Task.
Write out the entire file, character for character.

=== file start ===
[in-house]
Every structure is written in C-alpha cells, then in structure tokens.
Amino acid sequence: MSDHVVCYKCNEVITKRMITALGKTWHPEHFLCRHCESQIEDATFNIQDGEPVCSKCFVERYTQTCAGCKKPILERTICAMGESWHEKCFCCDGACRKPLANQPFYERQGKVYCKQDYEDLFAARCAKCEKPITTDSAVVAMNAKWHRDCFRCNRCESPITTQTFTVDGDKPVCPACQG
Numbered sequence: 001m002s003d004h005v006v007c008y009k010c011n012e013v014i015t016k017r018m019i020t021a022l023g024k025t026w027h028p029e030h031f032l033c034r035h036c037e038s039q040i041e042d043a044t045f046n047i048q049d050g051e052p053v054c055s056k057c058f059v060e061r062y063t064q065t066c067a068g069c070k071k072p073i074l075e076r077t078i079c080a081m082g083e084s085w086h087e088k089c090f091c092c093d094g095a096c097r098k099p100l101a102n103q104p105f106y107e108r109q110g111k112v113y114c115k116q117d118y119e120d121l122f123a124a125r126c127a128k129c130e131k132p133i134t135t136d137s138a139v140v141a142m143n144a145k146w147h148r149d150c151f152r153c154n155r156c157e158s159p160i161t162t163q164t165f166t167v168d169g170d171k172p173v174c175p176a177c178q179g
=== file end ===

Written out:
[in-house]
Every structure is written in C-alpha cells, then in structure tokens.
Amino acid sequence: MSDHVVCYKCNEVITKRMITALGKTWHPEHFLCRHCESQIEDATFNIQDGEPVCSKCFVERYTQTCAGCKKPILERTICAMGESWHEKCFCCDGACRKPLANQPFYERQGKVYCKQDYEDLFAARCAKCEKPITTDSAVVAMNAKWHRDCFRCNRCESPITTQTFTVDGDKPVCPACQG
Numbered sequence: 001m002s003d004h005v006v007c008y009k010c011n012e013v014i015t016k017r018m019i020t021a022l023g024k025t026w027h028p029e030h031f032l033c034r035h036c037e038s039q040i041e042d043a044t045f046n047i048q049d050g051e052p053v054c055s056k057c058f059v060e061r062y063t064q065t066c067a068g069c070k071k072p073i074l075e076r077t078i079c080a081m082g083e084s085w086h087e088k089c090f091c092c093d094g095a096c097r098k099p100l101a102n103q104p105f106y107e108r109q110g111k112v113y114c115k116q117d118y119e120d121l122f123a124a125r126c127a128k129c130e131k132p133i134t135t136d137s138a139v140v141a142m143n144a145k146w147h148r149d150c151f152r153c154n155r156c157e158s159p160i161t162t163q164t165f166t167v168d169g170d171k172p173v174c175p176a177c178q179g